Thursday, July 25, 2019

A Early 19th Century Apron

In this post, you will learn how to hand sew a reproduction, early 19th-century apron. This apron is one of the simplest styles to sew. It’s also very quick to make up.
I recommend using a small checked homespun fabric for this project. It will make cutting the pieces easy and precise.

Step One: Decide how long you want your apron to be. Our historic site interprets the 1820s when clothing styles were still high-waisted. We measure from under the bust to mid-shin. Cut out a piece of fabric the full width of the fabric (selvage to selvage) and the length measurement (under bust to mid-shin).  To make cutting easy and precise, follow one of the lines (rows) made up in the weave. An even easier method than cutting is to tear the fabric from one selvage to the other; this will give you a straight line all the way across to the other side. Mark where the tear will begin on one selvage edge. Using scissors, make a small cut at the mark then proceed to tear the fabric with your hands from one side to the other.

Step Two: Take one of the cut/torn edges and turn it over 3/4” and press.  This will be the top edge of your apron panel. Try to follow one of the lines in the weave to keep it nice and even.

NOTE: If using homespun fabric (like we are) you will not need to finish the selvage edges.
Step Two: The top edge is folded over and pressed. 

Step Three: Using a strong thread (e.g., hand quilting or upholstery thread), sew a running stitch across the top about 1/8" - 1/4” from the folded edge. Be sure to keep your running stitches even and no larger than 1/4” wide (about two squares wide in this photo)  Do Not Use A Wide Stitch!! Also, don’t tie off the thread when you reach the other end. It will be pulled to create gathers in Step Thirteen.

Step Three

Step Four: Once you’ve finished the first line of running stitches, sew another line of running stitches 1/4” - 1/2” below it. Try to mirror the first line of stitches as closely as possible. These two lines of identical stitches will become ‘Gauge/Carriage Pleating” when you put the waistband on in Step Thirteen. Don’t tie off the thread at the end.

Step Four

Step Five: Before putting on the waistband and working with the “Gauge/Carriage Pleating” you need to sew the hem. Press the cut/torn edge at the bottom of the apron panel over 1/4”. Fold it another 1/4”, press, and pin. 

NOTE: Be sure to fold the cut/torn edge to the same side as the top edge.

Step Five: folding over the hem edge 1/4" plus another 1/4".

Step Six: Using a whip stitch, sew the hem in place. Try to keep your stitches small; they’ll hold up longer.

Step Six: Sewing the hem-stitch.

Step Seven: The width of your waistband will depend on how far you want the apron to extend to each side of your torso and how wide you want your waistband to be. Our waistband is 16 3/4” long by 3” wide.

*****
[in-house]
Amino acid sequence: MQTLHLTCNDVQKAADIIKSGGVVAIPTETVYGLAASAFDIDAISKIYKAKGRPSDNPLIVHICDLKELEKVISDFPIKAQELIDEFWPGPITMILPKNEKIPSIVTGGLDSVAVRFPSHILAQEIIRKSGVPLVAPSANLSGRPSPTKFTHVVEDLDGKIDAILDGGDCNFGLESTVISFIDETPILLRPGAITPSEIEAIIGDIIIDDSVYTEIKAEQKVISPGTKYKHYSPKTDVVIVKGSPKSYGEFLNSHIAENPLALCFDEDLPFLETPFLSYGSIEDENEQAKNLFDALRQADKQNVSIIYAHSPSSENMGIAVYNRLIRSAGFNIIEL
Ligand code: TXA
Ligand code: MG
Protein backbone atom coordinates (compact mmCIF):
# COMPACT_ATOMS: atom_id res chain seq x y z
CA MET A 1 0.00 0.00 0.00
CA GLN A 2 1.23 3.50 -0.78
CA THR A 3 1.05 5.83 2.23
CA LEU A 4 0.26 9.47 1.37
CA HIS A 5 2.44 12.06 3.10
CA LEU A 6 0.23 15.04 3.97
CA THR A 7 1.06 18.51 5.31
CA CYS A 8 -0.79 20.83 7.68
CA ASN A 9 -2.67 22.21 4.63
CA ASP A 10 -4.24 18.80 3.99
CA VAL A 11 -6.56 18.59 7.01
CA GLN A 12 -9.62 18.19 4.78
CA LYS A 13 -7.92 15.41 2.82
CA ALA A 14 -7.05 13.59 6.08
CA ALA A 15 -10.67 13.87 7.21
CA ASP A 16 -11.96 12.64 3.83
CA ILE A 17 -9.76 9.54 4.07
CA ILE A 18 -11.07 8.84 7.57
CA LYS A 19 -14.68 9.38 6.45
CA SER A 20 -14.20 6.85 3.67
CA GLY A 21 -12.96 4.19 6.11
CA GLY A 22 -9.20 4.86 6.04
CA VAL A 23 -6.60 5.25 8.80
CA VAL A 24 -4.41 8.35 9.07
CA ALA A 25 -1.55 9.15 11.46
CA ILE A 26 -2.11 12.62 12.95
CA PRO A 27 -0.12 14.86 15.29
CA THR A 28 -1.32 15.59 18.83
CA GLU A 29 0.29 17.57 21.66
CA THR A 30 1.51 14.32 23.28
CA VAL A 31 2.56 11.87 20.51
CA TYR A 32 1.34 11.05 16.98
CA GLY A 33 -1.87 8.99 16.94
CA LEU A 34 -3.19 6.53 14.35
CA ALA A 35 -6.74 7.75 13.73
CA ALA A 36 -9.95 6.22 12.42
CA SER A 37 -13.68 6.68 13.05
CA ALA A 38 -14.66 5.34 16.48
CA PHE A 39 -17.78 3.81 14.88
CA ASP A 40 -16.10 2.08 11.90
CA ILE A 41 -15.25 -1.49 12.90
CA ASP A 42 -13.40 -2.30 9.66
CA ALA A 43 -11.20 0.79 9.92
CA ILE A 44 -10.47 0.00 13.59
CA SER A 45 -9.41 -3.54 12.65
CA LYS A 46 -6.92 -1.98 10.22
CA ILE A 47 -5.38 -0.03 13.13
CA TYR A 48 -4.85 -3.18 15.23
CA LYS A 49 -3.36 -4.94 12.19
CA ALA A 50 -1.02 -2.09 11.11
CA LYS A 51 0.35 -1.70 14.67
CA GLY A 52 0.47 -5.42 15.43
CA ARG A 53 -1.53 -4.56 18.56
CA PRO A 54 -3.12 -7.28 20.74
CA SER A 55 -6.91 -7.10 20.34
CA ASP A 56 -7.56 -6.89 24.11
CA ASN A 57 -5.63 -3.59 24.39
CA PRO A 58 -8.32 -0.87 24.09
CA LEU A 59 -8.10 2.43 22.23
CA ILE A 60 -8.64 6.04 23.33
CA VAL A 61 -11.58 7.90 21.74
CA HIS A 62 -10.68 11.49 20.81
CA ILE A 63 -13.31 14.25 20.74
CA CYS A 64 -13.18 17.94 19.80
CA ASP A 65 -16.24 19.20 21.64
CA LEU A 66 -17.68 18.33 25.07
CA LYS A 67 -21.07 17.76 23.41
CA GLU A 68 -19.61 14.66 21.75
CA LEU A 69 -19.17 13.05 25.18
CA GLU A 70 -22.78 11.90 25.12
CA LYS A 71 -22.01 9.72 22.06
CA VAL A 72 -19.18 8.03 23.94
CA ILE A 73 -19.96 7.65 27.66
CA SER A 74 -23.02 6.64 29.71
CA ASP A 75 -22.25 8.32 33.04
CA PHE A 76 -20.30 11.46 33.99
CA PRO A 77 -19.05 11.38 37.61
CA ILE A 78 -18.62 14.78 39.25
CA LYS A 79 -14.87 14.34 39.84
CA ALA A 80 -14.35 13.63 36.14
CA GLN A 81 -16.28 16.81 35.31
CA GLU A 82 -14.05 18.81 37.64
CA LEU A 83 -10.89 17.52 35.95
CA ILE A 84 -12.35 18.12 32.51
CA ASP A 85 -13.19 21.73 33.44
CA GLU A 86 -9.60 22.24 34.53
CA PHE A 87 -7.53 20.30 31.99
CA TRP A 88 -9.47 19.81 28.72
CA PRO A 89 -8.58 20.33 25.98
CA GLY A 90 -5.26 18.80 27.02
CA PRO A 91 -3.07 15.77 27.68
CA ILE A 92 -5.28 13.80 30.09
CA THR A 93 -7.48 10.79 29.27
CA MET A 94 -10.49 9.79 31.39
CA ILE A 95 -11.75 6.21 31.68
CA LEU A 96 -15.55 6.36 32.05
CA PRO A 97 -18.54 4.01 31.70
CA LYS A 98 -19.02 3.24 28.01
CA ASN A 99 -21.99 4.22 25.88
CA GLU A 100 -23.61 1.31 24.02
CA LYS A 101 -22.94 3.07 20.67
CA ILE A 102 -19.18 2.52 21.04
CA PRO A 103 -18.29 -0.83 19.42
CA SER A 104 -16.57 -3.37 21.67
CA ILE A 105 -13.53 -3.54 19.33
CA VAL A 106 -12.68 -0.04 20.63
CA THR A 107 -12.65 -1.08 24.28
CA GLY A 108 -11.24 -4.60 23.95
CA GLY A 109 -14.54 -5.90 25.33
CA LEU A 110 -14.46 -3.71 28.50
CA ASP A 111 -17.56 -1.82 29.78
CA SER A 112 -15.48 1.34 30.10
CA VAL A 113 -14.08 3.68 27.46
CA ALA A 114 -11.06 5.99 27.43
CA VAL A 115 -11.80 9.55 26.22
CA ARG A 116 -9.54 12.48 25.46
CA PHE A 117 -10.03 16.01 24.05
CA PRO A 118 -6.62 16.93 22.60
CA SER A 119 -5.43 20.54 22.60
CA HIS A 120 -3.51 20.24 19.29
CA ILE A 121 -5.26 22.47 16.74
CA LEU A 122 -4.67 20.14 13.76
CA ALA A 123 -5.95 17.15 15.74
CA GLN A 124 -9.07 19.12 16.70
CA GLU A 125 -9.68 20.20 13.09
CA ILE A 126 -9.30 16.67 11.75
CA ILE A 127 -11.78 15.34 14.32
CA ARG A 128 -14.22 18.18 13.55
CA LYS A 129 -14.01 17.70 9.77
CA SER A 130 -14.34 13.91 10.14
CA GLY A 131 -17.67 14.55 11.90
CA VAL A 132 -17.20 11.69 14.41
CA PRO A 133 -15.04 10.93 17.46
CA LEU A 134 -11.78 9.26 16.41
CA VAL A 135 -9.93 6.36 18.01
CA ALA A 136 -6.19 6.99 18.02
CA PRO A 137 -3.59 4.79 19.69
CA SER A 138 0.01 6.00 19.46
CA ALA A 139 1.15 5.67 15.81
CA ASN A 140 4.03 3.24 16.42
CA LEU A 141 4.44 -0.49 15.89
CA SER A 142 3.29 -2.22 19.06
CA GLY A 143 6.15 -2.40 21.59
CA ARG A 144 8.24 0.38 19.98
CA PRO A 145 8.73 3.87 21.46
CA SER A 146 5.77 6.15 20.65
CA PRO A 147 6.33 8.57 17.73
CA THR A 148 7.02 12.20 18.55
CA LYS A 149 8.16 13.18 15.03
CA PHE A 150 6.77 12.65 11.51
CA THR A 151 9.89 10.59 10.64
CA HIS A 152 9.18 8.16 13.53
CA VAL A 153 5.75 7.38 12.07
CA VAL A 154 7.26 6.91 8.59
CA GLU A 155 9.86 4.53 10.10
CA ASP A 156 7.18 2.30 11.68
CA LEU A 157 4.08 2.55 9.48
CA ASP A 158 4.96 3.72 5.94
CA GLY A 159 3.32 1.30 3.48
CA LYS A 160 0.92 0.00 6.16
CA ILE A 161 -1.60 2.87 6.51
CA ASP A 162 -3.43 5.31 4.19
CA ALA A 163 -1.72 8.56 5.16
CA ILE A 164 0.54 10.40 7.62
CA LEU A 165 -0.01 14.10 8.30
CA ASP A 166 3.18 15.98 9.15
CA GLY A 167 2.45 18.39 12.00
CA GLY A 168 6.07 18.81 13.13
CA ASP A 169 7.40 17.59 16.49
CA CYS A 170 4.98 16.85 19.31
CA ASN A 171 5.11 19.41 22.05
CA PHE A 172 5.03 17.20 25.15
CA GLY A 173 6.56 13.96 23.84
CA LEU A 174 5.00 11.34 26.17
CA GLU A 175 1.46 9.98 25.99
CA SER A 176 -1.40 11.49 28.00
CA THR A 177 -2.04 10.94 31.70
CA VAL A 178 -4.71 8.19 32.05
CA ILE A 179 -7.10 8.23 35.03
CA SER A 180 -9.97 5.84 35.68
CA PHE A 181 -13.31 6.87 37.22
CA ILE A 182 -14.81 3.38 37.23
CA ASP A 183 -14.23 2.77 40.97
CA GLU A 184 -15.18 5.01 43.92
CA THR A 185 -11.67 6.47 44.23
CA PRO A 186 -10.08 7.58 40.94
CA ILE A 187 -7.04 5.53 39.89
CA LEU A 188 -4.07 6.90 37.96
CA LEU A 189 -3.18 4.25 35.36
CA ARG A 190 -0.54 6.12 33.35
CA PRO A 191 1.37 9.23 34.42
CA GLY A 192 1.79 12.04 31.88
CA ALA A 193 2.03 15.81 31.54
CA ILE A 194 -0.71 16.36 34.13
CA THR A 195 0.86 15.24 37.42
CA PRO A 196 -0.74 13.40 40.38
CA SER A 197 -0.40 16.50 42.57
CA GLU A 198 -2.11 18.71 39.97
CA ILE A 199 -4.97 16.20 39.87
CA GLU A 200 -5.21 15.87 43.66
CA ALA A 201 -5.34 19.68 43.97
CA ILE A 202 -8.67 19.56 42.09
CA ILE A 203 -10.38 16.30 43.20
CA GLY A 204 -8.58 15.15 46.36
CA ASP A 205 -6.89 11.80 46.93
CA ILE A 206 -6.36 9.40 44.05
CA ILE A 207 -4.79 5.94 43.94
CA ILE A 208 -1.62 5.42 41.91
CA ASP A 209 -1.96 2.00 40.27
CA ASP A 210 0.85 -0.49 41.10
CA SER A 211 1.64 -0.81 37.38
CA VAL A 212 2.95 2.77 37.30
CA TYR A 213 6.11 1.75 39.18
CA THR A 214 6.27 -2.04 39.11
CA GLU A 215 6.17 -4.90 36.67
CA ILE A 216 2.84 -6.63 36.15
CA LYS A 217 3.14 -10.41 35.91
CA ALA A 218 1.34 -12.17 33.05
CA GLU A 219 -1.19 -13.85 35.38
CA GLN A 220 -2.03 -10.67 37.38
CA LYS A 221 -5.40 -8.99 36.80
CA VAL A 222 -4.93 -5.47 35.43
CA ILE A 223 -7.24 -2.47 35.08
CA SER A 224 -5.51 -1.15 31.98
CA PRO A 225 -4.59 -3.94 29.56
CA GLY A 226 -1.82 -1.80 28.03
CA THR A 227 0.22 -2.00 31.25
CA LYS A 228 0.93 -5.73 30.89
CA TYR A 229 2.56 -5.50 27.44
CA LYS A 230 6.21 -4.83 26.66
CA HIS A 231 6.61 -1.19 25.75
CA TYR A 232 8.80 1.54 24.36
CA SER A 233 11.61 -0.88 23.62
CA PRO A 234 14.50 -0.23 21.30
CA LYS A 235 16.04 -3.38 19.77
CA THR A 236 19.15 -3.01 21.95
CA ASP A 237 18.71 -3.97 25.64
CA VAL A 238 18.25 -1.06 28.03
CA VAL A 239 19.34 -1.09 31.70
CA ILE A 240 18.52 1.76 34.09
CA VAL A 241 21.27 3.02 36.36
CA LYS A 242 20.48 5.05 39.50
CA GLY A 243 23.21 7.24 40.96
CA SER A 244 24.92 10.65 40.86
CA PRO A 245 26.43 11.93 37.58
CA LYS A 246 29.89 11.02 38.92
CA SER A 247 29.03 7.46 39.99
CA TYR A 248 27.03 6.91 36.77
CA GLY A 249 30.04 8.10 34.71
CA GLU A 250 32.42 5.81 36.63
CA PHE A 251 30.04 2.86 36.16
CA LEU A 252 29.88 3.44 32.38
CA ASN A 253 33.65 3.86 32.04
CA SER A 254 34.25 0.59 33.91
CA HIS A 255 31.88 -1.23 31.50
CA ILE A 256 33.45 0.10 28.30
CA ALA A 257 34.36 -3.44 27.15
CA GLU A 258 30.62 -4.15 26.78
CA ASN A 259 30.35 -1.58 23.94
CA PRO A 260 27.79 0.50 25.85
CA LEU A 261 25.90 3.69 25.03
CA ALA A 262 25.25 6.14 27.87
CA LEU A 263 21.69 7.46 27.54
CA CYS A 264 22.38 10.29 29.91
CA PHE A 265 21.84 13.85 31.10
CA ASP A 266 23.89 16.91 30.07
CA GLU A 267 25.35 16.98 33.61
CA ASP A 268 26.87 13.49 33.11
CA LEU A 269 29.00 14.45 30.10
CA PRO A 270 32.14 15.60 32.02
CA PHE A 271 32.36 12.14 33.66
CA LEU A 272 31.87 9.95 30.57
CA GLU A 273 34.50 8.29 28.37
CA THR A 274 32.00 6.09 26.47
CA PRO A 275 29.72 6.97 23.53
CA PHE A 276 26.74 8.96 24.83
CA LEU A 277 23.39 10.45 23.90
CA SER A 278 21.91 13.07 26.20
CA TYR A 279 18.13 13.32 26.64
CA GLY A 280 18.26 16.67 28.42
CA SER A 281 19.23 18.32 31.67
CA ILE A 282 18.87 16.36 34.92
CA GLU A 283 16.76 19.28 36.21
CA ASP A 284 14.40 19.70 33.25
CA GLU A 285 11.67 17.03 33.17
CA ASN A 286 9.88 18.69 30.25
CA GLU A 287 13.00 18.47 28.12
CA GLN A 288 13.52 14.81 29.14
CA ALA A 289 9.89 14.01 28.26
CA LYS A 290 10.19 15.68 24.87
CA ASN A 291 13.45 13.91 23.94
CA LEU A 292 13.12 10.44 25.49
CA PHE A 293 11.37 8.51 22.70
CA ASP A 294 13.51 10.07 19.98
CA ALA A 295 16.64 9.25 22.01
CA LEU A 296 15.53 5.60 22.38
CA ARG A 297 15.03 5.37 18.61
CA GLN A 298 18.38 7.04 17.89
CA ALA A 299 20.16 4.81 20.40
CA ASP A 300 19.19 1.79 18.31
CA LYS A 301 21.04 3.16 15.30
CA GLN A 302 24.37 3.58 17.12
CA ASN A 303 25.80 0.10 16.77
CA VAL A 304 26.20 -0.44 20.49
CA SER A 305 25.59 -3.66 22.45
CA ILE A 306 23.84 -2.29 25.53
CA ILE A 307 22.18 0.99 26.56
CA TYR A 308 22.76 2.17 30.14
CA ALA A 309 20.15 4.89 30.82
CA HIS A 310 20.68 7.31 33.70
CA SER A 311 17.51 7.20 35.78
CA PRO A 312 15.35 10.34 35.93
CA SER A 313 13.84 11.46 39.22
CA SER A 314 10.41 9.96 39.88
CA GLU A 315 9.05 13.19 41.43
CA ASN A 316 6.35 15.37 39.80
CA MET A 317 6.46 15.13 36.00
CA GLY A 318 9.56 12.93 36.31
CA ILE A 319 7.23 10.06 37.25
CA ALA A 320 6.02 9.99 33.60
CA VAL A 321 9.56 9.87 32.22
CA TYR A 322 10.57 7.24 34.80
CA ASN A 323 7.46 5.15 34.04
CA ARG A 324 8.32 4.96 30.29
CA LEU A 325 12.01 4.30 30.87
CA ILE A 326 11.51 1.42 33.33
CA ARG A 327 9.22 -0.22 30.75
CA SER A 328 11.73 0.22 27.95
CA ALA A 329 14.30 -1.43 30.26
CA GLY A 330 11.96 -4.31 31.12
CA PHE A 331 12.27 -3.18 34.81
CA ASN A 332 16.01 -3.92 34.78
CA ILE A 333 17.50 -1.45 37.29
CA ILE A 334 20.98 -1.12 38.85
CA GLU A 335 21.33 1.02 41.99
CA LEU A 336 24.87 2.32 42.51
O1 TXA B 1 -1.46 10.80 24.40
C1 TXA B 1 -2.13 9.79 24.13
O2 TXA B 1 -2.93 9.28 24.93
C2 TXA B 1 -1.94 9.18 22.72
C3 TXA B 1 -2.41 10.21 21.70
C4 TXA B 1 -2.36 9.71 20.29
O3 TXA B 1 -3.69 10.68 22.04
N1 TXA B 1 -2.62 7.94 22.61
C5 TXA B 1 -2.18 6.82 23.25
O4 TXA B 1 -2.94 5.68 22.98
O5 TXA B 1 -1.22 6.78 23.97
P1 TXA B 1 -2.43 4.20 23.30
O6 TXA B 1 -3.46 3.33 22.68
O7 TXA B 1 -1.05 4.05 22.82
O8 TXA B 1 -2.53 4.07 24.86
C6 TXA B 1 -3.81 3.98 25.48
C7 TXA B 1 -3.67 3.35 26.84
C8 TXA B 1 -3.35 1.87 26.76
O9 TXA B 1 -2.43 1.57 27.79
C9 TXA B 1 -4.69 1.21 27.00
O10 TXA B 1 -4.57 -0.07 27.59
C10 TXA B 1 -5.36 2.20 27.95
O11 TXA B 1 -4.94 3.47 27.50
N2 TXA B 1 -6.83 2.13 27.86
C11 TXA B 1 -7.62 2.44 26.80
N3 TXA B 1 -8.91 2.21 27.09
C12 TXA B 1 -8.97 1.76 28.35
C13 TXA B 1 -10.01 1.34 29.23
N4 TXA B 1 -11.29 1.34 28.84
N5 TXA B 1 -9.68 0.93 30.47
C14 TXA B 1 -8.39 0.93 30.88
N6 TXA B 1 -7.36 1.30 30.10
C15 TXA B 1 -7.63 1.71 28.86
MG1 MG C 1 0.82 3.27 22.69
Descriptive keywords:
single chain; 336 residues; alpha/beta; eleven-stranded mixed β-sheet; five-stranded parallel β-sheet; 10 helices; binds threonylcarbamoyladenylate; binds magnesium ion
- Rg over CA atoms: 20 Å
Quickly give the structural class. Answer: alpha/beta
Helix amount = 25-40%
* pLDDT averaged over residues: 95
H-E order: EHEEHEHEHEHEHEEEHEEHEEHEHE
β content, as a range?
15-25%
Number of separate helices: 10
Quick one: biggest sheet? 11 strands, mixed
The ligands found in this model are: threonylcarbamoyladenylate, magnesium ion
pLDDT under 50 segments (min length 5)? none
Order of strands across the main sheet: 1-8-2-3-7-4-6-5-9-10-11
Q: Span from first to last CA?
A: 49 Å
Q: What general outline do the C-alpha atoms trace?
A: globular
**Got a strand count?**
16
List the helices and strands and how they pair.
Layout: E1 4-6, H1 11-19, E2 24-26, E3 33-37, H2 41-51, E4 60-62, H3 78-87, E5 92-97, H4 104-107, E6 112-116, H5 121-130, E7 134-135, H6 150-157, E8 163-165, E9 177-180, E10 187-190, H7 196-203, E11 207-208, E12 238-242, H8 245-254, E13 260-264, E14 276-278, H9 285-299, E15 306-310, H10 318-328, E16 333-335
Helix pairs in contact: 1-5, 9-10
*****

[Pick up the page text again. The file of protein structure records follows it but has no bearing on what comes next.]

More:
Step Seven: The waistband is cut out and measures 16 3/4” long by 3” wide.

Step Eight: Fold in both short sides of the waistband piece 1/4” and press.

Step Eight: Folding the waistband's side edges in 1/4".

Step Nine: Fold the waistband in half, matching long edges, and press.

Step Nine

Step Ten: Open the waistband up and fold the top half to the center line and press. Repeat with the bottom half.

Step Ten

Step Eleven: Fold the waistband in half again and press. Now all the rough edges should be to the inside of the waistband.

Step Eleven

Step Twelve: With right sides together, pin the center point and edges of the waistband to the center point and edges of the apron panel.

Note: Open up the waistband before pinning to apron panel. Pin only one edge of the waistband to the apron panel at this time.

Step Twelve: Center points and outside edges matched.

Step Thirteen: With right side together, pull the ends of the running stitches to fit the apron panel to the waistband. Pin in place. Be sure the gathers are distributed evenly the length of the waistband.

Note: Wrap the ends of the gathering threads around a pin to hold the gathers in place until they are exactly as you want them. Knots can also be used to secure the thread ends.

Step Thirteen

Step Fourteen: Using a whip stitch, attach the apron panel to the waistband.  Be sure to catch just the folded edges of both pieces. The needle needs to be inserted through the center of the ‘hump’ closest to the waistband.

Note: The stitches should be snug but not tight.

Step Fourteen

Step Fifteen: Once one side of the waistband is attached, tie off your thread then gently pull the waistband up above the apron panel. Gently encourage the stitches to straighten out.

Step Fifteen: Waistband and apron panel are sewn together. The waistband is now pulled to extend above the apron panel.

Step Sixteen: Fold over the top half of the waistband to meet the unsewn side of the apron panel. Using the whip stitch, sew the waistband to the apron panel. Be sure to catch just the folded edges of both pieces. The needle needs to be inserted through the center of the ‘hump’ that was not stitched in Step Fourteen. Once this side is complete, tie off the thread.

Step Sixteen

Step Seventeen: Insert a piece of woven tape into the open end of the waistband. Stitch the end closed while catching the tape.

Step Seventeen

Step Eighteen: You're done! Enjoy your new apron!